include: the Wichita Kansas Botanical Gardens; the Benson Park
Sculpture Gardens in Loveland, Colorado; American University in
Washington D.C., Deerwood Office Park in Jacksonville, Florida, the
National Museum of Wildlife Art in Jackson Hole, Wyoming, the Cleveland
Zoological Society and Heidleberg College, Tiffin, OH.
In 1988 Walter was commissioned to produce the Merrill Lynch Bull at a
scale of 1.5 times life-size. When completed they were installed
at the corporate regional offices in Florida, New Jersey and
Fall 2001 Walter accepted a commission from the Houston Texans NFL team
to sculpt six monument Spanish Fighting Bulls as team icons for the
entrances of their new stadium in Houston, Texas. Six 1 1/2 times
life size bulls were completed and installed August 2003. In
2004, Walter completed a twelve foot diameter sundial commissioned by
the Cleveland Museum of Natural History which depicts the Evolution of
Life. The ESSFTA, English Springer Spaniel Field Trial
Association has commissioned a life size English Springer Spaniel which
will be installed early 2007 at the Bird Dog Hall of Fame in Grand
Degreed in Biology and Art Design from Williams College in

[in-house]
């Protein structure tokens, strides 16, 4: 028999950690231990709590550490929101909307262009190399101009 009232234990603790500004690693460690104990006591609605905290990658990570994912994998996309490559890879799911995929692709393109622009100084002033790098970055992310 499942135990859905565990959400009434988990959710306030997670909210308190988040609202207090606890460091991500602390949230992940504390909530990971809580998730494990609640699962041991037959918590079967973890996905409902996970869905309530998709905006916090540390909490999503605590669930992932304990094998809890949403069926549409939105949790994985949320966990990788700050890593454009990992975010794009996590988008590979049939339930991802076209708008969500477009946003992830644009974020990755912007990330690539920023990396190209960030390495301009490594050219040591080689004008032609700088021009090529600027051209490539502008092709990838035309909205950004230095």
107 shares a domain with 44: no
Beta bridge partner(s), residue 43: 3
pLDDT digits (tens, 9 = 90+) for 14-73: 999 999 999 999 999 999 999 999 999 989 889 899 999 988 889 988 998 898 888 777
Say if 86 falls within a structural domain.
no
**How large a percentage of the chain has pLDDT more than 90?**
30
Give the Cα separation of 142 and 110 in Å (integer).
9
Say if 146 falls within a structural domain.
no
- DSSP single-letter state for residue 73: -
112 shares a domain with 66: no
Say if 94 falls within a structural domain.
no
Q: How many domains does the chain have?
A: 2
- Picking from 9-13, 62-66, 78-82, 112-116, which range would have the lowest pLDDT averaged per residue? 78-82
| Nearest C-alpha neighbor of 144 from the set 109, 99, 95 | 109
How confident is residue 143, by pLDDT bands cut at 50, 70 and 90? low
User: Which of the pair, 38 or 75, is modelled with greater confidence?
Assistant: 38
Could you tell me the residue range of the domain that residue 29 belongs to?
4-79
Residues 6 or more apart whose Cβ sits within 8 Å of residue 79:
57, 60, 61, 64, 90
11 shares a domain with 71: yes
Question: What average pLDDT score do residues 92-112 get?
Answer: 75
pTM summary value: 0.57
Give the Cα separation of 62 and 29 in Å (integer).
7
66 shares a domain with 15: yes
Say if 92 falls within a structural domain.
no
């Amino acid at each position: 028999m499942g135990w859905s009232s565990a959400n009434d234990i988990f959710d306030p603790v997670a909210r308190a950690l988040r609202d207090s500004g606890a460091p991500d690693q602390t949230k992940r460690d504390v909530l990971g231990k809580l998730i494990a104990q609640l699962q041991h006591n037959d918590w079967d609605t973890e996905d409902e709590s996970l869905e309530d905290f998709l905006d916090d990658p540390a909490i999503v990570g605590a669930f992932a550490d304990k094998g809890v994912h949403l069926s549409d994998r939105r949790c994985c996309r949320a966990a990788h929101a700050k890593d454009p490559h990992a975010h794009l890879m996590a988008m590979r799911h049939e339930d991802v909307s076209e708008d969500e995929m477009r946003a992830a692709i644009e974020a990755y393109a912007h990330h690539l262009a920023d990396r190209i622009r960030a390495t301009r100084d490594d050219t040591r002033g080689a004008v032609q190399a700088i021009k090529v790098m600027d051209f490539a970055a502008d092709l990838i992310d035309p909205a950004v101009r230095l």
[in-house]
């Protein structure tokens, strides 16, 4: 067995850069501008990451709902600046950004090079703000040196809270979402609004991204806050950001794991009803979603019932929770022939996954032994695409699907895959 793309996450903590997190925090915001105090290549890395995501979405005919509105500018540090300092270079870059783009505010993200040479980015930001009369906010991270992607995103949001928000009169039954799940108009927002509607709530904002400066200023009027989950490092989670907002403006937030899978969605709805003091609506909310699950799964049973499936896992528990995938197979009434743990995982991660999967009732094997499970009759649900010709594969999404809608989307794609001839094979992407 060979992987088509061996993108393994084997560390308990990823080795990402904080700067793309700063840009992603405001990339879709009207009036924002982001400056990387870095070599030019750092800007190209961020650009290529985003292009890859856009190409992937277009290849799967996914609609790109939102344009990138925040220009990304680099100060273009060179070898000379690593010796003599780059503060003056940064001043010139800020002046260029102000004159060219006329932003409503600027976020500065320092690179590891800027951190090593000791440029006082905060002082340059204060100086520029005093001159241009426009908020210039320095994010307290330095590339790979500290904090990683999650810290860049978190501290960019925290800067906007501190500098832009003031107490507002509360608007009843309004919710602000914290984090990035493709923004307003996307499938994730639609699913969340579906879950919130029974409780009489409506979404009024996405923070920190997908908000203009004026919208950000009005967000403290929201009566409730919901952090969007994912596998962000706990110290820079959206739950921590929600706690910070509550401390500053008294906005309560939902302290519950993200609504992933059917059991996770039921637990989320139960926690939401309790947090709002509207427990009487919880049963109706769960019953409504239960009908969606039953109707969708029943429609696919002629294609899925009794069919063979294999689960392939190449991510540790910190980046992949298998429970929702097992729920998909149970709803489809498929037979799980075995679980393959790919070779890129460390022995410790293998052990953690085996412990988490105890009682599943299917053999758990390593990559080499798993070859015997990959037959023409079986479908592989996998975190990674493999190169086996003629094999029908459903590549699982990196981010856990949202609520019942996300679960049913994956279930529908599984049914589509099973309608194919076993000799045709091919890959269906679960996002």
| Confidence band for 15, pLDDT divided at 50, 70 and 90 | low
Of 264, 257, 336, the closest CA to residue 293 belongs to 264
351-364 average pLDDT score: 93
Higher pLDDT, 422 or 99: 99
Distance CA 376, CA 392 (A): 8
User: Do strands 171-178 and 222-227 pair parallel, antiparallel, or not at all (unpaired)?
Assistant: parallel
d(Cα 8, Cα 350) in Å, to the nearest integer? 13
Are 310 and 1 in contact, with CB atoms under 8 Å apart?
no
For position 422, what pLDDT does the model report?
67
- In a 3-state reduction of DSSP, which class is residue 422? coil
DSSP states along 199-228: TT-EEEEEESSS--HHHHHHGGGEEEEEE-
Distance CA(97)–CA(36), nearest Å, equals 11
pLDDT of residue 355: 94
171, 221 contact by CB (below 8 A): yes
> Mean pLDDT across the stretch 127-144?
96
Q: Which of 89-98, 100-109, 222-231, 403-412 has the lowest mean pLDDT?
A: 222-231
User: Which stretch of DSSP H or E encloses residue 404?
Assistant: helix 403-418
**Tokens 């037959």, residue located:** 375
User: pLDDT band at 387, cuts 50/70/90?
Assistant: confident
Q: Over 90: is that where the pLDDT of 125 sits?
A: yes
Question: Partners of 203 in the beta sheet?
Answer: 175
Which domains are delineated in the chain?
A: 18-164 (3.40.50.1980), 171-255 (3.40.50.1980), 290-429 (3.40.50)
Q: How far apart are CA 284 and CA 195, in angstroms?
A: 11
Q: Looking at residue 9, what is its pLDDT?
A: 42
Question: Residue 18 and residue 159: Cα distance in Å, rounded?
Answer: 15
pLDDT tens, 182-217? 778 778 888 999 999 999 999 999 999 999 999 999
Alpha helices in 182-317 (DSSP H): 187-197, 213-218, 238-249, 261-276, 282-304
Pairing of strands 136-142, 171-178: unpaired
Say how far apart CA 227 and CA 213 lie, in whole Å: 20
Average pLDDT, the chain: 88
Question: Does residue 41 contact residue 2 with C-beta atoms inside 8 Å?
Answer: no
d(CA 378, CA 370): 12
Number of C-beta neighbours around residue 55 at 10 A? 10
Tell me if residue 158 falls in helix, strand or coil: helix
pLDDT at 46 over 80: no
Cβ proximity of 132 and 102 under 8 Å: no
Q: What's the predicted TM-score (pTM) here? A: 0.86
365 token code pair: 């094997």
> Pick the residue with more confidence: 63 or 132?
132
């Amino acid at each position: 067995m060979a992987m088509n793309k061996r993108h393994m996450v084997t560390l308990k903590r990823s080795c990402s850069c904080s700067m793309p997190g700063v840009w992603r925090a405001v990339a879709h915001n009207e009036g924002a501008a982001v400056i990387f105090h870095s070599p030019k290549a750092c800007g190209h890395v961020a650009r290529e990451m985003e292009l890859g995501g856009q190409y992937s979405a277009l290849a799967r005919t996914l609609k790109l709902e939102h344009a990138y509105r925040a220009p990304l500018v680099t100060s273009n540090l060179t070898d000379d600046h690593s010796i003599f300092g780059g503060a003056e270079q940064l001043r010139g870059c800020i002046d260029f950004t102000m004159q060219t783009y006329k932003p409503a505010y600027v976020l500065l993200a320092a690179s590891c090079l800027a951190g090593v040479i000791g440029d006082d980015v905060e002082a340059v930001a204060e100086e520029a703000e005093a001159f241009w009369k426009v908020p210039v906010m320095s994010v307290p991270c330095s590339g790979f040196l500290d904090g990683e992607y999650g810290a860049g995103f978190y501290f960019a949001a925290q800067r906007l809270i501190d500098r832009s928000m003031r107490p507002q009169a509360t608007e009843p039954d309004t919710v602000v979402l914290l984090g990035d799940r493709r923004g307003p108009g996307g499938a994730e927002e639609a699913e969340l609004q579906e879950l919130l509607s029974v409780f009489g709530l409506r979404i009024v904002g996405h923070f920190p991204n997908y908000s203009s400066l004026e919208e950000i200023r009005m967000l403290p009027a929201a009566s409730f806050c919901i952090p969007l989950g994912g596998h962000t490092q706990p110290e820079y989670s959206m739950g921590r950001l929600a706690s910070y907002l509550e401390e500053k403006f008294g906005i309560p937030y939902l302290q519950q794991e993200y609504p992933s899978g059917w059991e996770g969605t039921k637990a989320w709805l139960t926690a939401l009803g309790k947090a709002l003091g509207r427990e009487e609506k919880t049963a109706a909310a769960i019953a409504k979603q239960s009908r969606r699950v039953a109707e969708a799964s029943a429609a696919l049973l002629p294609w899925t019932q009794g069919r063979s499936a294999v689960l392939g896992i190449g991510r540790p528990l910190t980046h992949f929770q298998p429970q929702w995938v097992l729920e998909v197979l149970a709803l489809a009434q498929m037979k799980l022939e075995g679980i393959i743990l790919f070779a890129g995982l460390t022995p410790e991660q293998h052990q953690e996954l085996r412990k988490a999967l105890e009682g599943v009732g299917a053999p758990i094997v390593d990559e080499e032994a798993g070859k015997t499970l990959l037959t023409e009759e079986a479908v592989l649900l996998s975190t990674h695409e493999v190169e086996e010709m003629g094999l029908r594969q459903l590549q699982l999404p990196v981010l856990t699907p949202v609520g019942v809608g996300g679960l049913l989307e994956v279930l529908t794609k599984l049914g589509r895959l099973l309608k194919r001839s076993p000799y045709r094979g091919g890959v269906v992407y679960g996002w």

Massachusetts, Walter Matia attained much training during a long
apprenticeship in the Exhibits Department of the Cleveland Museum of
Natural History. After leaving the museum, Matia worked for
eleven years with the Nature Conservancy, a national non-profit
organization dedicated to the preservation of endangered species and
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Matia began casting his sculpture in
1980. Initially concentrating on bird life, he has since worked
on sporting dogs and other mammals. His works have been exhibited in
one-man shows at the Cleveland Museum of Natural History and the
Southern Alleghenies Museum of Art. In 1996, he was elected as a
Professional Member of the National Sculpture Society.
works have been selected for the prestigious Leigh Yawkey Woodson,
"Birds in Art" exhibitions. Numerous outdoor commissions are
attributed to Matia, most notably the Merrill Lynch bull, which is
featured outside the company's regional offices. A Walter Matia
fountain resides in the formal garden of the United States Presiden'ts